Yes, I think so. And while this is only my personal opinion, I really enjoy seeing the 48 panes, many of which are initially empty, gradually fill up with Virtual Console and other software, creating my own kind of screen.
I feel the same. I want to fill them all up at once! It really bothers me if there's a gap! (laughs)
What really strikes me when I listen to you all talking is that, whatever the feature, it's never easy to reach a final decision. Rather, you have to lay out all your ideas on the table and judge which ones to use and which ones to drop, don't you?
In that sense, the fact that we had a cross-departmental team determining Wii's system functions really helped. A host of departments were able to share a variety of ideas right from the start, ideas that would be put to good use solving a number of different problems. For example, when the rather amusing Mii Channel scroll function was completed, one person who saw this asked about it and straight away incorporated it into his own Channel. So we were able to exchange ideas with each other, absorb the good ones and proceed in the most efficient way possible, both in terms of time and getting the best features we could.
There have been cross-departmental teams in the past, but the System Function team may have been the broadest team ever put together in the history of our company, covering the widest range of departments.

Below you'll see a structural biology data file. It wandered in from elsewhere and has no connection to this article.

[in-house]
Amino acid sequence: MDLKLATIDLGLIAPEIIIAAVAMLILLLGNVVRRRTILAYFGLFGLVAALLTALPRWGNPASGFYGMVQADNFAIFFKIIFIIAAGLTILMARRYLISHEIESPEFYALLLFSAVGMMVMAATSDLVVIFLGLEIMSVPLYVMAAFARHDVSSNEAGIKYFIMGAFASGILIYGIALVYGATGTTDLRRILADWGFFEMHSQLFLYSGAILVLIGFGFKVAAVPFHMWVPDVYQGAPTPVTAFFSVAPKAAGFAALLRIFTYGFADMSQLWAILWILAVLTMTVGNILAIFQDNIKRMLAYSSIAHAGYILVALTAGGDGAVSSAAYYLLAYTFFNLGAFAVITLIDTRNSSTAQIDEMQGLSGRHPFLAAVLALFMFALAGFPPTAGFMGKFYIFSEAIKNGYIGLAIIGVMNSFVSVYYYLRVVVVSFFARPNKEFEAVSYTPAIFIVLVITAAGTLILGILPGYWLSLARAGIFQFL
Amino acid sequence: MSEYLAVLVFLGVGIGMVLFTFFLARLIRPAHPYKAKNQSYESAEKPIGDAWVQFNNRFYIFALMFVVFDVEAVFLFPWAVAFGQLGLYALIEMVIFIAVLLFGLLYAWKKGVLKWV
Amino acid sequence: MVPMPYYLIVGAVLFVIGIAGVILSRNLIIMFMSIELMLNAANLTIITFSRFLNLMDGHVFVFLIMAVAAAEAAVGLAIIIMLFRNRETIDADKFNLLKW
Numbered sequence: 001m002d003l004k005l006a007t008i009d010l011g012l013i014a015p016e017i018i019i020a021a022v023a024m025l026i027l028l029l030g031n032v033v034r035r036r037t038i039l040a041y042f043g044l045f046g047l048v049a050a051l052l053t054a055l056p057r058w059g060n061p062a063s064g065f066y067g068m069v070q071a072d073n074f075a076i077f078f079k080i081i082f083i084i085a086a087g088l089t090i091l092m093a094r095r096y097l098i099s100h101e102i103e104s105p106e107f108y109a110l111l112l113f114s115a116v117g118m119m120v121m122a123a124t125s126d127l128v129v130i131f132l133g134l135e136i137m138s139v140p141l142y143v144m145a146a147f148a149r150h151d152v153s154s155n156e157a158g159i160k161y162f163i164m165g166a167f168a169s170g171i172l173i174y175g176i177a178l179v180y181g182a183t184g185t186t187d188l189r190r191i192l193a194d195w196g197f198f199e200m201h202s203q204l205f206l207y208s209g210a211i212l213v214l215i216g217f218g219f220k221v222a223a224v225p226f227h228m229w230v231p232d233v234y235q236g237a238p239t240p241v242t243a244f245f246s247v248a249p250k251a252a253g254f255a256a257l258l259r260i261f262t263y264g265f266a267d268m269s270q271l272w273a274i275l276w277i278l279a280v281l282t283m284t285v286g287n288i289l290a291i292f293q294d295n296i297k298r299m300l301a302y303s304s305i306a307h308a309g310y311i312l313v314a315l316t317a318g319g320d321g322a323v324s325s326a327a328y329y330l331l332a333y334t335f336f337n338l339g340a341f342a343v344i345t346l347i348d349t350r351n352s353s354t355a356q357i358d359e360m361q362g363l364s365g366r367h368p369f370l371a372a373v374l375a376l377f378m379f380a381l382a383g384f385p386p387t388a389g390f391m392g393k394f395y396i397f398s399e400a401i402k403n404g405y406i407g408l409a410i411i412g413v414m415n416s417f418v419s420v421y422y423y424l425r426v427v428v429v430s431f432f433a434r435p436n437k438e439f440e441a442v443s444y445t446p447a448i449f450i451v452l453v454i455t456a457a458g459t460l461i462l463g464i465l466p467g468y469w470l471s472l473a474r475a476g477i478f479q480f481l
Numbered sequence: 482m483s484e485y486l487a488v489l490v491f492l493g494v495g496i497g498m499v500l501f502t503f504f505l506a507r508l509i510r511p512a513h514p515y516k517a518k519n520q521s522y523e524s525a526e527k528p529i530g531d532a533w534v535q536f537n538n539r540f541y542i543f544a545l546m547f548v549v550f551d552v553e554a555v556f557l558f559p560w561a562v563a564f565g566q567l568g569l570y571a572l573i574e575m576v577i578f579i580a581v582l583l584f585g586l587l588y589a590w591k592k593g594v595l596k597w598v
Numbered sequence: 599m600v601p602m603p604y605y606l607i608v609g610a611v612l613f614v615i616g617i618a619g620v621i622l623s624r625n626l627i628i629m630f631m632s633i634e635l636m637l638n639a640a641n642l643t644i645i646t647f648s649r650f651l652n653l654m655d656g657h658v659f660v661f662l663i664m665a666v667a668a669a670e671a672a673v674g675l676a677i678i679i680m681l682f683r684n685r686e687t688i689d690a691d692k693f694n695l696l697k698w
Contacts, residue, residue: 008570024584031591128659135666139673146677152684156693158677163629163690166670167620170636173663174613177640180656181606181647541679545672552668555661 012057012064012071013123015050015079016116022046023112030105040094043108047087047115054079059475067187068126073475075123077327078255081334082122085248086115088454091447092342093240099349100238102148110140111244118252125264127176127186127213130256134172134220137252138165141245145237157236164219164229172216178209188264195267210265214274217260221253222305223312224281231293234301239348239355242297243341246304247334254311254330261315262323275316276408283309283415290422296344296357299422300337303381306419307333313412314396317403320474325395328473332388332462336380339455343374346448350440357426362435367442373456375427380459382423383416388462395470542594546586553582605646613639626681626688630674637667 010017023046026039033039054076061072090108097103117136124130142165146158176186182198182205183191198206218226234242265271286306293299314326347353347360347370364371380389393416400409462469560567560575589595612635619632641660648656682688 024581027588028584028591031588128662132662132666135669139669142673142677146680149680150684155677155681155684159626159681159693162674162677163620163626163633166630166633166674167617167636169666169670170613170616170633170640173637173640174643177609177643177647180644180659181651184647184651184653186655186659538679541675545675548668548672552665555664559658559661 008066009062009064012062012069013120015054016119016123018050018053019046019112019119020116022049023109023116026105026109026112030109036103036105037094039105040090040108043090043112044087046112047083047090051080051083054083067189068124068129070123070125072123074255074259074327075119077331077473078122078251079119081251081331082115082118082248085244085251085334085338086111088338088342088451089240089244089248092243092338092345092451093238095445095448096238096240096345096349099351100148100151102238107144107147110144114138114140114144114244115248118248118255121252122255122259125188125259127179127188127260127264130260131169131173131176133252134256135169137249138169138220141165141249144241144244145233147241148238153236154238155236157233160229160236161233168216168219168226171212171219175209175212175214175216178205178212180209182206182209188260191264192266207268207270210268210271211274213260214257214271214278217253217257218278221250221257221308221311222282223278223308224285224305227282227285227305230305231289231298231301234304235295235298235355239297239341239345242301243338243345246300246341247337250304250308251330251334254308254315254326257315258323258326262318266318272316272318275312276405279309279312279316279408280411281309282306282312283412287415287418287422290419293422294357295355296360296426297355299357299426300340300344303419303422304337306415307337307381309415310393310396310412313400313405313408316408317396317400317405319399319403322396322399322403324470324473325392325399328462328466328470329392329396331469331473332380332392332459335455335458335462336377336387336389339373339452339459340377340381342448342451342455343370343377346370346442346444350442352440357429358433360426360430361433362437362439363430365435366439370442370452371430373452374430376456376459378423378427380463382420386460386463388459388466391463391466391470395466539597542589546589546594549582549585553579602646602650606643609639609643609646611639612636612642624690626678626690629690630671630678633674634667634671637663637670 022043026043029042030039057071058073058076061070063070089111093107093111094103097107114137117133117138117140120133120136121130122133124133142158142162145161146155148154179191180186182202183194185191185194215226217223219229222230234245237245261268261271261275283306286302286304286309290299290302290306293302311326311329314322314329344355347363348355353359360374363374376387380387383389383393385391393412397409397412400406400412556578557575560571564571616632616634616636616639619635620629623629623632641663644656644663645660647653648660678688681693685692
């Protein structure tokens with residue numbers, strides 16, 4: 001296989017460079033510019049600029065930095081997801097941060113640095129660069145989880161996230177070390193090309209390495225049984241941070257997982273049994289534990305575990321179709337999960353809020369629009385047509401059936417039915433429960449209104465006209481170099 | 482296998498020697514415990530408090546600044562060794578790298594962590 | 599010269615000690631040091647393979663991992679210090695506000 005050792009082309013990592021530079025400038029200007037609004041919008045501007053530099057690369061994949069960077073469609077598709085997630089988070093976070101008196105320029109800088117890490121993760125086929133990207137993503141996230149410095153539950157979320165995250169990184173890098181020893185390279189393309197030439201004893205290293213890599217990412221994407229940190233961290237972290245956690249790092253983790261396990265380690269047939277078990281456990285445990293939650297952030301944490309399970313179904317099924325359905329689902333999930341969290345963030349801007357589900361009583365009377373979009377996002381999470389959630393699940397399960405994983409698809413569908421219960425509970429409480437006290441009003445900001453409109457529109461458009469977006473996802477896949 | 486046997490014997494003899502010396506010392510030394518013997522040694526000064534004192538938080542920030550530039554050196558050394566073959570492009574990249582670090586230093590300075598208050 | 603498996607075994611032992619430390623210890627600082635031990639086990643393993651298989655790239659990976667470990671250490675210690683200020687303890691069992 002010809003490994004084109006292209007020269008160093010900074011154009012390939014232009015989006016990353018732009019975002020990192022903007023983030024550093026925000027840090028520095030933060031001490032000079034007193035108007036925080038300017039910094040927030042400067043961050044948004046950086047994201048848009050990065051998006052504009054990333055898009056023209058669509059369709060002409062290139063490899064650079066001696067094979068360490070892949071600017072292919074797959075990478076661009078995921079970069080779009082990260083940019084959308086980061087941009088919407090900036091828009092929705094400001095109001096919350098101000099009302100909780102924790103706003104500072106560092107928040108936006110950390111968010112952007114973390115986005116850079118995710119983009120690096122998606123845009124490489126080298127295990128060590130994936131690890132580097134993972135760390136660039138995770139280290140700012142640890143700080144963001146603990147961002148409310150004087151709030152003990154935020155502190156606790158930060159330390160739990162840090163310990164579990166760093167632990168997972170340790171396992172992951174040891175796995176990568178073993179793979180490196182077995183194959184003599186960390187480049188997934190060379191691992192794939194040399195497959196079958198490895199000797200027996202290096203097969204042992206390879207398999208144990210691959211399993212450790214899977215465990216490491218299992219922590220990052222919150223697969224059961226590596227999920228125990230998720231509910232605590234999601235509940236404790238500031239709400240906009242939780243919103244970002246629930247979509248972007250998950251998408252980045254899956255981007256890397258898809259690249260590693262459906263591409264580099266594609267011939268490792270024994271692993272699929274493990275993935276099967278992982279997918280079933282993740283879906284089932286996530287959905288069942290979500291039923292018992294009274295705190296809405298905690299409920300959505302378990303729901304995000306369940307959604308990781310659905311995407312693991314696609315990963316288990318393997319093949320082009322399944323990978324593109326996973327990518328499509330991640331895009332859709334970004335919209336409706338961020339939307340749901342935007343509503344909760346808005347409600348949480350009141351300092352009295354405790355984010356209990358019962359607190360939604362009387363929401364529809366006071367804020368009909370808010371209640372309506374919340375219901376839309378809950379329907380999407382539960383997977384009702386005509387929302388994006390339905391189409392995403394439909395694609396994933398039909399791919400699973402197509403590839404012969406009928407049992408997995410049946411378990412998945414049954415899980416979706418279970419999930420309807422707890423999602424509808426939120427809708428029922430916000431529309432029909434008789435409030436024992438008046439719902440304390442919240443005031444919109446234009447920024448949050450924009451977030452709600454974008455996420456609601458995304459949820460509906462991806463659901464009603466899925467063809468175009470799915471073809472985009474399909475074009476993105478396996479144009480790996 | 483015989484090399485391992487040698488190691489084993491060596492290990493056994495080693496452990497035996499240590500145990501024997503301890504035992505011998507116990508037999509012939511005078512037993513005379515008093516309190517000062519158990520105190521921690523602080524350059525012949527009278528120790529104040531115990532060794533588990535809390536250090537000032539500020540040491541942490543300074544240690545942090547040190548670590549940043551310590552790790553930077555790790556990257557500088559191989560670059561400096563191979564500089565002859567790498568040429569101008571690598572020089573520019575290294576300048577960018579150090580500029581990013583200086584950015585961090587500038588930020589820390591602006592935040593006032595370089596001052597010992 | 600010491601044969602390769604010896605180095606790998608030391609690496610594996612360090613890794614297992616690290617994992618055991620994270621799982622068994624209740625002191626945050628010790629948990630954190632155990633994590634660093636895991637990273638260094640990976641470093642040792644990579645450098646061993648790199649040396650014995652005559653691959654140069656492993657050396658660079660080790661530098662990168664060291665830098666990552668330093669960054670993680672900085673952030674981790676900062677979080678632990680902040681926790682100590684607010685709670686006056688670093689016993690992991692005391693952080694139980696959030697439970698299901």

Yes, it certainly was. People who had never been connected in the past worked together, and were able to influence and play off one another. The overall response was excellent.
It really was. If only one team is developing something, they'll only ever pay attention to the same old issues, sometimes discussing them all day amongst themselves to find a solution. But this time, thanks to the System Function team, I was able to go and talk with Kawamoto-san or have a look at Kuroume-san's designs. Both physically and mentally, I found this to be a less demanding, more laid-back way to do things.
The System Function team continued to get together at least once a week, and this of course took up a lot of our time. And it's not like something was decided every week, especially at the beginning. Normally if you spend a lot of time on something and don't get any results, you'd regard that in negative terms. However, even if these meetings didn't all produce tangible results, I still firmly believe that this was not time wasted.
I agree, and I also think the fact we did something like this will prove invaluable for Nintendo in the future.
Nogami-san, your direct superior is Miyamoto-san, isn't that right? Since I wanted him to concentrate his efforts on developing software, I didn't get him involved directly in the System Function team. What kind of things did you discuss with him concerning the Wii Channels?
Well, we discussed a whole variety of issues, and he gave a lot of suggestions with regard to the Mii Channel in particular! (laughs) It was Miyamoto-san who first pointed out that we'd have to make faces for foreigners too. Say, for example, that there are two different opinions about a given feature. You can count on Miyamoto-san's being the more extreme of the two!
That really exerts a lot of influence, doesn't it?
It certainly does. He strolls in, plays around with our stuff, says a few things and then leaves, making a big impact! (laughs)